- 1 Types of incontinence
- 2 Risk Factors
- 3 Types
- 4 Normal micturition
- 5 Stress incontinence
- 6 Urge Incontinence
- 7 Overflow Incontinence
- 8 Post-micturation dribble
- 9 Treatment of Overflow incontinence
- 10 Functional incontinence
- 11 History, Examinations and Investigations
- 12 Urodynamics
- 13 Related Articles
Types of incontinence
- women are more likely to be affected due to weakened pelvic floor / sphincter muscles, as a result of childbirth
- Bowel Dysfunction
- Diestary factors (caffeine, alcohol)
- Drugs (TCA’s, diuretics)
- Bed wetting – see Incontinence in Children
Pelvic floor exercises – improves symptoms in 50% of cases
Intravaginal electrical stimulation may help, but many women find this unacceptable.
Ring pessary – this is rubber/metal/plastic ring in which the cervix of the uterus sits. It is usually used to prevent prolapse of the uterus. A prolapsed uterus is basically where the uterus slips downwards – it may move so far that is protrudes out of the vaginal orifice. This occurs due to dysfunction of the muscles that usually hold the uterus in place.
Duloxetine – is a SNRI (serotonin-norepinephrine reuptake inhibitor) that is usually used to treat depression. It will not cure the condition, but will relieve symptoms in about 50% of cases, but has significant side effects, including nausea, vomiting and abdominal pain
Surgery – if pelvic floor exercises are unsuccessful, another option is surgery. You can surgically alter the position of the bladder or the urethra to relieve symptoms of this condition:
- Sling procedure – this is about 85% effective and is the procedure of choice for most women. A sling is created, either from native body tissue (such as fibrous connective tissue from the rectum) or man-made materials (such as telfon – although these are not as effective as natural body tissue). The sling is attached to the abdominal wall, and lifts up the top part of the urethra thus increasing pressure around this region and reducing incontinence.
- The procedure involves open surgery, and thus there is a recovery period of 2-4weeks, although patients may return home after 3-4 days.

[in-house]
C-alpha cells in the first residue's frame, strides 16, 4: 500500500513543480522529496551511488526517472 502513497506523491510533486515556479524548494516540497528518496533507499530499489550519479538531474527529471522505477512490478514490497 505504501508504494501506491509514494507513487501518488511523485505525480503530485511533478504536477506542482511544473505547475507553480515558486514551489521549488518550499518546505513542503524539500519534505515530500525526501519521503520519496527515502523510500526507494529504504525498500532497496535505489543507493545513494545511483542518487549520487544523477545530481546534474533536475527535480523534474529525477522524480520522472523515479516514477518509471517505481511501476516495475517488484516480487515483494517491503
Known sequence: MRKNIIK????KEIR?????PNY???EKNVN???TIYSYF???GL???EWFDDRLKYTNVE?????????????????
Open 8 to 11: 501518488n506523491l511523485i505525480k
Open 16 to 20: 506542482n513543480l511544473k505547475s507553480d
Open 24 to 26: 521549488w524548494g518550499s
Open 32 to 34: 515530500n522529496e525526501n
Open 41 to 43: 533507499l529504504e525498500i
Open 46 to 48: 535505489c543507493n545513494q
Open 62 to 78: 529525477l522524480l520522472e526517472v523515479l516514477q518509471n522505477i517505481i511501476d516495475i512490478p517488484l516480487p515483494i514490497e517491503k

- There is a chance that the procedure will have to be redone within 10 years
- Tension-free vaginal tape (TVT)– this is a more modern procedure, and basically has fwere side-effects, and higher success rate than a sling procedure. It is does via the vagina under local anaesthetic, and can be done as an outpatient procedure.
- Cholposuspension – this is a large operation in which the bladder is attached to the posterior abdominal wall. It is more effective than a sling procedure, but is a much more serious operation. It also means you can’t have children after you have had it done. This has an 85% success rate. There is a 5% risk of incontinence or difficulty passing urine afterwards.
- Try limiting fluid intake and avoiding irritant foods
- Examine for spinal cord and CNS signs to determine if is it as a result of brain damage.
- Test for vaginitis (inflammation of the vaginal mucosa).If this is present, then treat with estriol. If there is a long history of vaginitis, and there has been no hysterectomy, consider treatment with cyclical progesterone, as this reduces the risk of uterine cancer.
- Basically, this is very hard to treat. Often it involves a disabled patient with a CNS condition. Try a toilet regimen (perhaps every 4 hours) – the aim being to keep the bladder volume below that which triggers the incontinence. It might also be necessary to try aids, such as pads.
- Drugs – there are several drugs available, although their efficacy is debateable. Often anticholinergic drugs may be used as these will reduce the activity of the autonomic nervous system (which will control bladder contraction in the lack of conscious control seen in conditions of brain damage). Examples include oxybutynin and tolterodine. You should avoid giving these if there is a history of UC or glaucoma.
- Botox to the bladder neck may also be considered
- Urethral stricture – such as an enlarged prostate, and perhaps kidney and bladder stones.
- Detrusor weakness –this may be seen in multiple sclerosis, where signals from the bladder about bladder fullness are not transmitted properly. Diabetes may also cause an autonomic neuropathy in a similar manner.
Treatment of Overflow incontinence
- Identify and eliminate the obstruction
- Consider alpha-block for prostatic enlargement (e.g. doxasosin)
- Consider catheterisation
- Use of portable commode and pads can improve QoL, but risk of UTI and skin irritation.
History, Examinations and Investigations
History and Diagnosis
- A detailed history may indicate a relationship with certain activities or drugs. Keeping a voiding diary may be useful including the volume of urine passed, frequency and any precipitating factors.
- Check bowel function and other medications.
- Ask about obstructive symptoms in men.
- Examination – Abdomen (identify distended bladder)
- Perineum (look for urine leak with coughing)
- Vagina (prolapse or fistulae)
- Rectum (constipation or prostatism).
- Check perianal sensation and reflexes to rule out neurological deficits – the same nerve root supplied perianal sensation and the sphincter muscles
- General neurological exam to exclude multiple sclerosisLumbar spine should be inspected to rule out spina bifidaFull cognitive and mobility assessment – the bladder could be normal, but they just don’t get there in time!
- Urine dipstick test – rule out UTIPost-voiding bladder scan – identifies residual urine.Urodynamic testing is not diagnostic, but should be performed prior to surgical intervention.
Post void Residual volume
Cystometry (aka cystometrogram – CMG)